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Journal of Food and Drug Analysis, Vol. 11, No. 2, 2003, Pages 133-140

A Rapid Method for Determination of Ethanol in Alcoholic

Beverages Using Capillary Gas Chromatography

1. Department of Food Health, Chia-Nan University of Pharmacy and Science. 60, Al-jen Road. Sect. 1,
Pau-an, Jen-teh Hsiang, Tainan Hsien 717, Taiwan, R.O.C.
2. Department of Food Science and Technology, Tajen Institute of Technology, 20, Wei-shinn Rd., Yan-puu hsiang,
Pintung Hsien 907, Taiwan, R.O.C.
3. Department of Agricultural Chemistry, National Taiwan University, 1,sec. 4, Roosevelt Road., Taipei 106, Taiwan, R.O.C .

(Received: May 16, 2002; Accepted: September 30, 2002)

A simple and rapid method was developed to determine ethanol content in alcoholic beverages using megapore polar column (CP-
Wax 58 CB, 30 m ¥ 0.53 mm) with direct injection gas chromatography. Contrary to packed GLC method, distillation and/or stepwise
dilution of samples were not necessary by the method developed in this study. Ethanol in sample was injected directly into GC for
analysis, after adding suitable amount of internal standard, acetonitrile solution. Using this method, less than 8 min was required to
obtain result since sample preparation, and the limit of quantitation (LOQ) was about 0.5 µg/mL. Recovery studies were performed
using 0.5 mL of red wine and whisky. Each was spiked with ethanol at 50 and 100 mg, respectively. The recoveries were found in the
range of 99~104% and 99~101%, respectively. The coefficients of variation were less than 3.4%. Comparisons of the AOAC method
(AOAC 969.12 and 920.57) with current method showed no significant difference. These results suggested that precision of direct
injection GC method was higher than that of AOAC methods. Several commercial alcohol beverages, including distilled and non-
distilled spirits, were analyzed by the current method. The ethanol content of distilled and non-distilled spirit were found as: 165.2 ±
4.9~415.7 ± 17.6 and 28.2 ± 0.8~141.2 ± 4.9 mg/mL, respectively. Using this GC method, we could change the concentration in gravi-
metric percentage (%, w/v) to volumetric percentage (%, v/v) by the equation (%, w/v) = 0.814 (%, v/v) with linear coefficient R2,
higher than 0.999.

Key words: alcoholic beverages, ethanol, direct injection gas chromatography, quantitative analyses.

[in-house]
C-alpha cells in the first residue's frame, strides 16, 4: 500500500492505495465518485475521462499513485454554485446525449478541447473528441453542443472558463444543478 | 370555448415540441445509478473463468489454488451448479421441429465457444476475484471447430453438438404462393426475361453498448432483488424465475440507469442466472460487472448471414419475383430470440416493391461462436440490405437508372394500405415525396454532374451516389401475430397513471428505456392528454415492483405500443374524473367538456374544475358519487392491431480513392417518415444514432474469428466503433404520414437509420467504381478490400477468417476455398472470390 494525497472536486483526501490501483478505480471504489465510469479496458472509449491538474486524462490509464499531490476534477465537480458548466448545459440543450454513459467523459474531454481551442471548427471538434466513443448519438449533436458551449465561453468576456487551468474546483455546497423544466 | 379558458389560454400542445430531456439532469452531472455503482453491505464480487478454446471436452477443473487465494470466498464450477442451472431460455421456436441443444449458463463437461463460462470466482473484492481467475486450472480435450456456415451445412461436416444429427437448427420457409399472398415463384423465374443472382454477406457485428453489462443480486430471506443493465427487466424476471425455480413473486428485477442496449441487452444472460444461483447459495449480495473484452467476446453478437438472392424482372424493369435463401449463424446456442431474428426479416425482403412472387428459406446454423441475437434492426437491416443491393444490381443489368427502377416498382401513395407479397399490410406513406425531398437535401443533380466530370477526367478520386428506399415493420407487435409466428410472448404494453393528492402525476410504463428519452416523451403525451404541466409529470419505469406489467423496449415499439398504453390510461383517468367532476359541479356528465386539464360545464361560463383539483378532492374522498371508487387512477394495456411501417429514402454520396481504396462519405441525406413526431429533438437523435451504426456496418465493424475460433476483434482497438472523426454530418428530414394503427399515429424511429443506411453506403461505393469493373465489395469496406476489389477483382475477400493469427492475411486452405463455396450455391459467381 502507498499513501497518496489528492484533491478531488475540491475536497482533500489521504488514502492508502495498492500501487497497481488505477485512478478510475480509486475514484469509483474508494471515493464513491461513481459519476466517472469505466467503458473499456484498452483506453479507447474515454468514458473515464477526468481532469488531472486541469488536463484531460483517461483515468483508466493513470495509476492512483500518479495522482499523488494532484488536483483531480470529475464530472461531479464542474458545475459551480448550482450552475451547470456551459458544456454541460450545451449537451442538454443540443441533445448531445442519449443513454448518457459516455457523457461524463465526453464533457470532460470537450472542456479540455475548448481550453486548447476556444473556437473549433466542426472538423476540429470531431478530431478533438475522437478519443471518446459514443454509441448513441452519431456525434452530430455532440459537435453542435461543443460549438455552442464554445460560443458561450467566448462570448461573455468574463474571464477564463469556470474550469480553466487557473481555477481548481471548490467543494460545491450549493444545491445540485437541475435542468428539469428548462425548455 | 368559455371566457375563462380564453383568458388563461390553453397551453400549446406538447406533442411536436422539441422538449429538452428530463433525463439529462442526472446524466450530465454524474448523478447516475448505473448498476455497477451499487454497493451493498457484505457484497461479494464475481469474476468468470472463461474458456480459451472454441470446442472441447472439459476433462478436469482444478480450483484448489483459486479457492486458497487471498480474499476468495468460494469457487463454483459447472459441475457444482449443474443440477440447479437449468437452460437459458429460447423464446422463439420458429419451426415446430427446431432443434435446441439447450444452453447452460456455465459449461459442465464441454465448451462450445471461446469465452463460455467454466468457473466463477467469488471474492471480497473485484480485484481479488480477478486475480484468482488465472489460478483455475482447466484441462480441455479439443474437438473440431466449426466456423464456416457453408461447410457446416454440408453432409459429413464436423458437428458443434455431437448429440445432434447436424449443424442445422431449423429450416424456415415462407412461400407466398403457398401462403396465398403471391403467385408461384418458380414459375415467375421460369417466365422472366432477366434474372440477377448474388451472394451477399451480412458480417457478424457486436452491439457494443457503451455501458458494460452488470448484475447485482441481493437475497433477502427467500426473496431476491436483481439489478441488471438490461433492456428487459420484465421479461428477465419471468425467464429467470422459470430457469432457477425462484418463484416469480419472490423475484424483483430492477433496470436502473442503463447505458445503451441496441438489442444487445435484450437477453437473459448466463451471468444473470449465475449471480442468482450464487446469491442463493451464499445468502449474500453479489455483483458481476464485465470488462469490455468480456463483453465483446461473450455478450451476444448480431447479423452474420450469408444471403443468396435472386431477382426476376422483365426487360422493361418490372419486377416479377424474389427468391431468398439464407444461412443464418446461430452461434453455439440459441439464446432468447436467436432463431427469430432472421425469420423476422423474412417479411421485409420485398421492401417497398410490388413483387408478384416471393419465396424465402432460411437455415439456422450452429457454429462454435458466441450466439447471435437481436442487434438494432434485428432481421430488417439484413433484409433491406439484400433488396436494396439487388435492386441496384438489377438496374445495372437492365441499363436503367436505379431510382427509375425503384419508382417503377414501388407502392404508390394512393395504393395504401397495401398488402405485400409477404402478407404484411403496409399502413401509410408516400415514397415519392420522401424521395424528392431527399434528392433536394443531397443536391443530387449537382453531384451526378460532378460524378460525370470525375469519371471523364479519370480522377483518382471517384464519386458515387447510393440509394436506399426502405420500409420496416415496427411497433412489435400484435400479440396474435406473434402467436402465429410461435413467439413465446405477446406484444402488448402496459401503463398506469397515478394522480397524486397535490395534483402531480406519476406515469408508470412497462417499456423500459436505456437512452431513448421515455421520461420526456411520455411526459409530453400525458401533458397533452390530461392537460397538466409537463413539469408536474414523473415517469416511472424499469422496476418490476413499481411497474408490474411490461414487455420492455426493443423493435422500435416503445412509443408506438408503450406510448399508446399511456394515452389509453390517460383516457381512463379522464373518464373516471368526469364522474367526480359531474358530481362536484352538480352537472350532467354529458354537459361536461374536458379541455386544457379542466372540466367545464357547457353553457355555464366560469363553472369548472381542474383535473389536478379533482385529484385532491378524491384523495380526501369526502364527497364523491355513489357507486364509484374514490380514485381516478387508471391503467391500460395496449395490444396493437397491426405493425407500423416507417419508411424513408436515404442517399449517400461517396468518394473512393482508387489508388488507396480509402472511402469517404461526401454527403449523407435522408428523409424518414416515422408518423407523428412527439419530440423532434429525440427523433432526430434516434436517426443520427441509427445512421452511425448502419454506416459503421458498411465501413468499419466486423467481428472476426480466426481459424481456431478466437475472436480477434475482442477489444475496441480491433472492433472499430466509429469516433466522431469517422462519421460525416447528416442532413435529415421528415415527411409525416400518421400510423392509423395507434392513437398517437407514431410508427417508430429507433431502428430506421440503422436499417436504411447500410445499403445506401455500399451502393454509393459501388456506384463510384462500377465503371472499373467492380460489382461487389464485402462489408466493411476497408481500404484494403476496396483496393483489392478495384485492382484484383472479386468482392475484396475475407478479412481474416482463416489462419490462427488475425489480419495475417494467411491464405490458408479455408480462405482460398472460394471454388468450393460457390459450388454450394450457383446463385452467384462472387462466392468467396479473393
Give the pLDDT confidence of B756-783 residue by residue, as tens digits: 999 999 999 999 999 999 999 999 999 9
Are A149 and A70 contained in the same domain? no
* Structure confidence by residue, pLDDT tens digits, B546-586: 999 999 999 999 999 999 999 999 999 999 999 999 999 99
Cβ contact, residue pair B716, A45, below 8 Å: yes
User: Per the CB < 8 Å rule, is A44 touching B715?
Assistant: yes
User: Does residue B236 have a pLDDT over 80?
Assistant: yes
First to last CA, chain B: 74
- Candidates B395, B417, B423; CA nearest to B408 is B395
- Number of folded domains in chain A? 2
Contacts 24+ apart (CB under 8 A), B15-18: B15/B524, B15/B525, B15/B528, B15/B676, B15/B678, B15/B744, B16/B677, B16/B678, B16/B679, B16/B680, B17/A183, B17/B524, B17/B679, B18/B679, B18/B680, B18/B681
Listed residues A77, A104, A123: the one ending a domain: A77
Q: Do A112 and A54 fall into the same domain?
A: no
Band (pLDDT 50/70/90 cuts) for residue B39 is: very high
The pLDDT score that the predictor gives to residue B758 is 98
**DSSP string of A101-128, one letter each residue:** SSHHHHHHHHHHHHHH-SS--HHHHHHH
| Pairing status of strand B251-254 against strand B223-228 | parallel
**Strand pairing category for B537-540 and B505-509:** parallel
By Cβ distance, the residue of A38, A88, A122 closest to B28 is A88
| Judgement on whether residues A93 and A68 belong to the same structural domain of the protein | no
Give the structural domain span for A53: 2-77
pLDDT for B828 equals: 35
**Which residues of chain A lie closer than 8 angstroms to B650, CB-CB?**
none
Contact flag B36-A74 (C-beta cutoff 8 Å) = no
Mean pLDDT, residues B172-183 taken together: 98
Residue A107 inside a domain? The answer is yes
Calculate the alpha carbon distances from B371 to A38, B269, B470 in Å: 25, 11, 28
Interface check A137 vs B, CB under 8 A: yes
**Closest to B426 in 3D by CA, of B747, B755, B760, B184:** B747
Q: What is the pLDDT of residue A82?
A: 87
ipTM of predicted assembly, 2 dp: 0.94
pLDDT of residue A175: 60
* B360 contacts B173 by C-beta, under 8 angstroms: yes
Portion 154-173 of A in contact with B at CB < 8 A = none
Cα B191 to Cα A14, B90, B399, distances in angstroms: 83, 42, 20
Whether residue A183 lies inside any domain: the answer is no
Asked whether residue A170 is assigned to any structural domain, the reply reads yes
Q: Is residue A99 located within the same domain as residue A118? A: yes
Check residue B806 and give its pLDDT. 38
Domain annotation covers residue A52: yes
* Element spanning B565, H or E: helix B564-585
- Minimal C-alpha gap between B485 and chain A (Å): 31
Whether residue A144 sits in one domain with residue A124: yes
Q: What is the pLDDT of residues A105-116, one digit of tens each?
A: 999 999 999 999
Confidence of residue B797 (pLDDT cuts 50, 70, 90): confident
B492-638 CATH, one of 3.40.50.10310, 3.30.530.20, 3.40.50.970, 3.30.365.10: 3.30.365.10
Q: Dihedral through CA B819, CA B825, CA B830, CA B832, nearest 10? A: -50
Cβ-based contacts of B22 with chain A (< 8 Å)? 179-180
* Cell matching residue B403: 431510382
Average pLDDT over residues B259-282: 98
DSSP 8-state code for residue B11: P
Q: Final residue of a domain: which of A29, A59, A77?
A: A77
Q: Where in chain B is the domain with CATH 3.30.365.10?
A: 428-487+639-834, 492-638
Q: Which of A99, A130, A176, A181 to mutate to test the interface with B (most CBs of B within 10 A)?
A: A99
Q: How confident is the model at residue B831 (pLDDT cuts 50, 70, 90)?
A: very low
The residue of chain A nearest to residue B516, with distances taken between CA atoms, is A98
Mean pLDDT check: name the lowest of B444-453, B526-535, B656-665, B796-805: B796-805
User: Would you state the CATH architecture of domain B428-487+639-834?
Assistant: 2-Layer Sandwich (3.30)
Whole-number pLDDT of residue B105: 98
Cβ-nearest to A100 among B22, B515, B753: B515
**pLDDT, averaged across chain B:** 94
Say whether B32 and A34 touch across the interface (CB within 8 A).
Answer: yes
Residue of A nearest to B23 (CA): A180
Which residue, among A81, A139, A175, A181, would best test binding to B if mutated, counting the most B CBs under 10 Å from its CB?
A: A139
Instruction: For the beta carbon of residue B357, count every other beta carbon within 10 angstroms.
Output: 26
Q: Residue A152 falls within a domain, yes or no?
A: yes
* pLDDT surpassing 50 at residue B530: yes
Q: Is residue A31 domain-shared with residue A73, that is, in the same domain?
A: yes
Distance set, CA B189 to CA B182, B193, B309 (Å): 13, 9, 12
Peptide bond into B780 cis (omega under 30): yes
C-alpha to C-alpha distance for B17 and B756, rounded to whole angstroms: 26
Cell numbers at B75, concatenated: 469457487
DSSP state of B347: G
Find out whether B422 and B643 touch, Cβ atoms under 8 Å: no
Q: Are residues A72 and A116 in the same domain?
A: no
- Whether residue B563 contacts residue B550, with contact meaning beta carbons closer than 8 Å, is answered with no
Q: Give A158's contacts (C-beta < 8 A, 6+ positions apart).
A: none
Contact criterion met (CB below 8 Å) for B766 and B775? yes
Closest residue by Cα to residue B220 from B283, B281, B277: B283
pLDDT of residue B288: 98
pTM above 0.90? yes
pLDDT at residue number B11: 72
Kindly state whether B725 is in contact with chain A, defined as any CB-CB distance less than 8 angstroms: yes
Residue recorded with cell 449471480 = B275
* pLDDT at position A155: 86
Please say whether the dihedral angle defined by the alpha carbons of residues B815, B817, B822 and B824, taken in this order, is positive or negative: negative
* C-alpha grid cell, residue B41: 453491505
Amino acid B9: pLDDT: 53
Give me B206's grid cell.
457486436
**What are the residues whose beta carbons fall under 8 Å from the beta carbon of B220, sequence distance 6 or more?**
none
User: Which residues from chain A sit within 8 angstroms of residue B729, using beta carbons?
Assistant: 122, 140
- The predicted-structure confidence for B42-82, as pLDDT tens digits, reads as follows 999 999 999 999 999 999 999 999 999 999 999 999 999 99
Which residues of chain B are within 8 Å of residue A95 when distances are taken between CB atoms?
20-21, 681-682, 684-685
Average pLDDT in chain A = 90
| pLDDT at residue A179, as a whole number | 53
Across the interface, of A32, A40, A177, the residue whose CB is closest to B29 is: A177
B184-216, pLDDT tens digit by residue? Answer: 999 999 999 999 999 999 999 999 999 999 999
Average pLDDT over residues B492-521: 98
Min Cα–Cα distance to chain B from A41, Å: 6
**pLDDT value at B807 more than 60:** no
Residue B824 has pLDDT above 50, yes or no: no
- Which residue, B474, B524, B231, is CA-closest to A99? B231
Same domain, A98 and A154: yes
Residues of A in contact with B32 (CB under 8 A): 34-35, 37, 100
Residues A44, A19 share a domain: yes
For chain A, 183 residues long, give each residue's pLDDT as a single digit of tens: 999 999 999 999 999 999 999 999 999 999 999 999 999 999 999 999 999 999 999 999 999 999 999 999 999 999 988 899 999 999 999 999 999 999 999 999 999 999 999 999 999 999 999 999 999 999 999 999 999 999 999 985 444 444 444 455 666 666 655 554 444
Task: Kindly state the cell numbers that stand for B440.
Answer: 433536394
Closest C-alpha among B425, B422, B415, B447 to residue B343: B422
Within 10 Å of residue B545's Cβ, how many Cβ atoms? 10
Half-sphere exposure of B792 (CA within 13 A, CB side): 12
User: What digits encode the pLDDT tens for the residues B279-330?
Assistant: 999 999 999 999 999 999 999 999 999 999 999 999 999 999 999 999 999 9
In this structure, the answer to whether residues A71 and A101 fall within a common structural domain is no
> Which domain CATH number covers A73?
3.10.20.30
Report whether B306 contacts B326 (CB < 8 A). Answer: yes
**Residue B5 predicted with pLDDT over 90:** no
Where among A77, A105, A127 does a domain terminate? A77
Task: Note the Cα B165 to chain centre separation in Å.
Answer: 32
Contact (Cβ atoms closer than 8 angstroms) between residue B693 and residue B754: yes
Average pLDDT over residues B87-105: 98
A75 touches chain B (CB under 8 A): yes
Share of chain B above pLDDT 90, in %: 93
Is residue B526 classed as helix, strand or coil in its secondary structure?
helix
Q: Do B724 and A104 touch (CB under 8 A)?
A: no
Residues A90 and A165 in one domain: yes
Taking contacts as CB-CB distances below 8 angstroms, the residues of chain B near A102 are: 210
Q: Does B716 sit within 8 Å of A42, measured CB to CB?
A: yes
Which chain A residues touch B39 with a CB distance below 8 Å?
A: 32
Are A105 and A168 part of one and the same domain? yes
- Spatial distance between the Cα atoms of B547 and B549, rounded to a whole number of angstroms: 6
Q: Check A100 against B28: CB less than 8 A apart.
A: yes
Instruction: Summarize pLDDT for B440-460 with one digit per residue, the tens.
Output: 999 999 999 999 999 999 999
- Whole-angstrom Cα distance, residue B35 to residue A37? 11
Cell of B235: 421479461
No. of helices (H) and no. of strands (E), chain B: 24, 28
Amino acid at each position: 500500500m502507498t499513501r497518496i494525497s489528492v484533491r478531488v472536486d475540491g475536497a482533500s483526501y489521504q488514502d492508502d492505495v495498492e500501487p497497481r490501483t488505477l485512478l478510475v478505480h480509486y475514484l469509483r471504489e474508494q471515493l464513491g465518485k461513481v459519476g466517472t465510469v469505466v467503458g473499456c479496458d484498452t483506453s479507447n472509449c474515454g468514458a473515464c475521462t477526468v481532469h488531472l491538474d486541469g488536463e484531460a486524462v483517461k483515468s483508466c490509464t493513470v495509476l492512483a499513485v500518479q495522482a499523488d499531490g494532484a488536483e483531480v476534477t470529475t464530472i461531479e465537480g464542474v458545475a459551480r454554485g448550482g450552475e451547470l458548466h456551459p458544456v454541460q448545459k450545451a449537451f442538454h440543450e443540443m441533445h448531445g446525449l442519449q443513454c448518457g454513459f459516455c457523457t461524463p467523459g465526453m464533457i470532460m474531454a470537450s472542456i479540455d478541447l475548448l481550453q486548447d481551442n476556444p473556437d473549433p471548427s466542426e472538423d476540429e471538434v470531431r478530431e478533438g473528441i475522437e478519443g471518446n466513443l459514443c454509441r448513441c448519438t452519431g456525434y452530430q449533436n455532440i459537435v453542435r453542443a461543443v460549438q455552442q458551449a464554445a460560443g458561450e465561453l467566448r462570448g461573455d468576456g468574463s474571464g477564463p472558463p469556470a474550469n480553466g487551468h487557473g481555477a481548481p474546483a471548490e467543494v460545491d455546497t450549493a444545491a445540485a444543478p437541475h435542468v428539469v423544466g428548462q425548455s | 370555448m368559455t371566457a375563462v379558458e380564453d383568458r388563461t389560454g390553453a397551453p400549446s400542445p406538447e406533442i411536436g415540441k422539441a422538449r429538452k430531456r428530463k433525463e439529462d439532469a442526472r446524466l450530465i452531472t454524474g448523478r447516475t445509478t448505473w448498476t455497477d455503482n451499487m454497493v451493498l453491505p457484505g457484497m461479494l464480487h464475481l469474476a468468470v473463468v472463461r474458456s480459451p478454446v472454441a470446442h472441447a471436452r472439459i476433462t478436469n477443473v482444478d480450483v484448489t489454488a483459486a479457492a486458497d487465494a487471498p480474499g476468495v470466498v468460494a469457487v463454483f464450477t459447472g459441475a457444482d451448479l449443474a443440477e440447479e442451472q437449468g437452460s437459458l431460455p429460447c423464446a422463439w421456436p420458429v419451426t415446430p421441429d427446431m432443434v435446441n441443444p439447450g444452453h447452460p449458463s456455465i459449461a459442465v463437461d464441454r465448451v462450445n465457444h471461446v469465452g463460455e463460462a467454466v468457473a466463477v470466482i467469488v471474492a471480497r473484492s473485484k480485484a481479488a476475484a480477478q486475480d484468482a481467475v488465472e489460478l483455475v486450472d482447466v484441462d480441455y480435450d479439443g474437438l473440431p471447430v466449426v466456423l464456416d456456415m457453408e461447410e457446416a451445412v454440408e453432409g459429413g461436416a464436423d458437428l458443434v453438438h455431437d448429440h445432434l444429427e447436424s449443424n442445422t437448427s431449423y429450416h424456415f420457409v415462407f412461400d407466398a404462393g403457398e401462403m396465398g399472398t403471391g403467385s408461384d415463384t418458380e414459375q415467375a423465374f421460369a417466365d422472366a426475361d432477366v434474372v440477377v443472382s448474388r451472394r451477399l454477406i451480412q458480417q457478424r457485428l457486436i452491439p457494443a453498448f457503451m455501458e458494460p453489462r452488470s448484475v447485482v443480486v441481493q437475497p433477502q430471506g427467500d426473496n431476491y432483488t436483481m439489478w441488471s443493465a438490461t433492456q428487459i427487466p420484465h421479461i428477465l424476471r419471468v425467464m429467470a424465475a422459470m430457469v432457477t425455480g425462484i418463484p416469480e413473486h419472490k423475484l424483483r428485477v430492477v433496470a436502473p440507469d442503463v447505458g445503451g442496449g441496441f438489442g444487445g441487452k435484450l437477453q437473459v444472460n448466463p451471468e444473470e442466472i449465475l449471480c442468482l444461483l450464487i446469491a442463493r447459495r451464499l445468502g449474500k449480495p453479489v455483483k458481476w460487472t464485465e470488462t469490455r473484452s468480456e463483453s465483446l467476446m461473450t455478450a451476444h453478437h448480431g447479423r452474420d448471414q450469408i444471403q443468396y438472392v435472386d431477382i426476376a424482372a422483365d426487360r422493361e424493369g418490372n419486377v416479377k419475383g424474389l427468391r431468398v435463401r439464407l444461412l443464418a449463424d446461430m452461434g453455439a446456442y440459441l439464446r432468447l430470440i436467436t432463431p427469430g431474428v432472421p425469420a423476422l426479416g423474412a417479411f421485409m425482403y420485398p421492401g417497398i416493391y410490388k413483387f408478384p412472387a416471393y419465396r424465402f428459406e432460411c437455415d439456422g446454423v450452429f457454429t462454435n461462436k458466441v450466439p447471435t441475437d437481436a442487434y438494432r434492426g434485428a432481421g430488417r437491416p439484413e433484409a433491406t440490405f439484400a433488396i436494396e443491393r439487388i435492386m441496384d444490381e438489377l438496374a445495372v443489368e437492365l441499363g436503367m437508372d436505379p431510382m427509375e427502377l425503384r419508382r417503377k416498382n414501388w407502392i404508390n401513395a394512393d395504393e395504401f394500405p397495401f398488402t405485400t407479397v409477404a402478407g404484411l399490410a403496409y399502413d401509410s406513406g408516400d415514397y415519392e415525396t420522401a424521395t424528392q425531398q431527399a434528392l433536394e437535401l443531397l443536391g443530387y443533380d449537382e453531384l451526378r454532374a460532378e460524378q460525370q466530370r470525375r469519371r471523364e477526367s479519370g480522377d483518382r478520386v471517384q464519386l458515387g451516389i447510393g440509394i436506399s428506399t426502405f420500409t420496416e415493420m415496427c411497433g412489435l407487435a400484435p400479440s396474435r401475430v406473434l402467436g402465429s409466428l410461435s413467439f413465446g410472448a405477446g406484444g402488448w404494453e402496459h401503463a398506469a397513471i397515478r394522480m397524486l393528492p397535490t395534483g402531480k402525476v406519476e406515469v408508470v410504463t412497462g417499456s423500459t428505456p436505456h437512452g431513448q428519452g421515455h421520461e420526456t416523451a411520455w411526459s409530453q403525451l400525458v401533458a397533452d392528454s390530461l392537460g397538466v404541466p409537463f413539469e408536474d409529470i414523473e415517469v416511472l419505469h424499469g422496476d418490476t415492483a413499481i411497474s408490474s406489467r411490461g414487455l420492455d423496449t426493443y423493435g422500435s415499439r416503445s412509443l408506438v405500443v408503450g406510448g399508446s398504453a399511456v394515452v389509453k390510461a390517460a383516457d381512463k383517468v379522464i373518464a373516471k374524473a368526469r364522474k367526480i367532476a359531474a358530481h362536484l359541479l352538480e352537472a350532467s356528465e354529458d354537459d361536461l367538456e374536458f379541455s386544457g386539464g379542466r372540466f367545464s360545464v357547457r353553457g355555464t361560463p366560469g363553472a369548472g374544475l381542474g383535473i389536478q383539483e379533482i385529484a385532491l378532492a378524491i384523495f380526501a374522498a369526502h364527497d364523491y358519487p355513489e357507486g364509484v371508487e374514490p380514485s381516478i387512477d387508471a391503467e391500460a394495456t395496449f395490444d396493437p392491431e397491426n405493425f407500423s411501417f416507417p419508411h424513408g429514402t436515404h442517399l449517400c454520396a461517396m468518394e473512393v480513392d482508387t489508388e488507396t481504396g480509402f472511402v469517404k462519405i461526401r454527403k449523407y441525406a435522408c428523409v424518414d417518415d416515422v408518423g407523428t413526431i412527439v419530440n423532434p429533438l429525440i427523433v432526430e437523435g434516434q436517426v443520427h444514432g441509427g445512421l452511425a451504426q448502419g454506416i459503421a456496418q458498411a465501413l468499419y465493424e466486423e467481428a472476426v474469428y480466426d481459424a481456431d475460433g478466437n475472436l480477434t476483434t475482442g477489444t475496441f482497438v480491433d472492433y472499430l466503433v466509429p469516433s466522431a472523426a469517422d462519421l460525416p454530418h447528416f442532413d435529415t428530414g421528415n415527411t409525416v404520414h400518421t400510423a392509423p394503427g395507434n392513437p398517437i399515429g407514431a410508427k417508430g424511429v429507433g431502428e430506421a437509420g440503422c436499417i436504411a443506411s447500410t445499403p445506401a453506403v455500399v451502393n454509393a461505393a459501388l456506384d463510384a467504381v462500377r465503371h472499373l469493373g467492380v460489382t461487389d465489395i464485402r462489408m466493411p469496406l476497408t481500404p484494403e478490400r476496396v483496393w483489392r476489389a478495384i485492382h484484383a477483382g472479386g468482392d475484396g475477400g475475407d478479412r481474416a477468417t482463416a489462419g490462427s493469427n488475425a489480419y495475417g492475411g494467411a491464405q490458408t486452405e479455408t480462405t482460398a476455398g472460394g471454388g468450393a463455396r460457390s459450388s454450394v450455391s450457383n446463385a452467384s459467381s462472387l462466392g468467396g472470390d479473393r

INTRODUCTION spectrophotometry (1,4,6), (6) enzymatic method (7-9), (7)

biosensor(10), (8) potentiometry(11), (9) gas chromatography
Ethanol content is very important for the mouth-feel (GC)(1,4,12-21), (10) capillary electrophoresis(2), (11) high
and flavor of alcoholic beverages. Ethanol contents of performance liquid chromatography (HPLC) (22-23), (12)
wine, liqueur, and beer range from 7 ~ 21%(v/v), modular Raman spectrometry(24), (13) near-infrared (NIR)
20~50%(v/v), and 3~6%(v/v), respectively(1). In general, spectroscopy (25) , (14) beer analyzer (4) , and (15) flow
ethanol contents serve as the quality index and taxation injection analysis(26-27). Due to complicated pretreatment
factor for alcoholic beverages(2). After entering WTO, procedures (e.g. sample distillation and accurate weighing
alcoholic beverages in Taiwan are taxed according to the process) and large sample volume required, the two most
ethanol contents, like the taxation system in United popular methods, picnometry and densimetric analysis, are
States(3). The higher the ethanol content in an alcoholic not applicable for samples with small amount. As for
beverage, the higher the tax. A simple, accurate, and quan- oxidation of the distillate and dichromate oxidation spec-
titative analysis method for the determination of different trophotometry, more than 5 mL of sample volume is
levels (0~50%, v/v) of ethanol content is needed as the required for analysis. Besides, the reagents used are highly
standard method of quality control for beverage manufac- toxic and classified. Low stability, low reproducibility and
turers and as a guide for government-related sanitary low accuracy are the disadvantages for enzymatic method,
agencies. biosensor, and potentiometry(9). Raman spectrometry and
Currently, ethanol determination in alcoholic capillary electrophoresis, are not popular due to the
beverages can be performed in several ways: (1) boiling expensive instruments required. Since sample distillation
point depression of the ethanol solution relative to water,(1) and accurate weighing process are still required as the pre-
(2) densimetric analysis(4), (3) refractive index method(1,4), treatment procedures, and only spectrophotometry is used
(4) oxidation of the distillate(1,4-5), (5) dichromate oxidation for analysis, HPLC method obtains a comparatively low
sensitivity(22). Recently developed NIR spectroscopy and
* Author for correspondence. Tel:886-8-7624002 ext 352;
beer analyzer are time consuming in establishing calibration
Fax:886-8-7621972; E-mail: curves and have low accuracy as they can be interfered by

Journal of Food and Drug Analysis, Vol. 11, No. 2, 2003

other alcohols in alcoholic beverages. In conclusion, GC grade (purity > 99.5%) ethanol, acetonitrile, 1-propanol,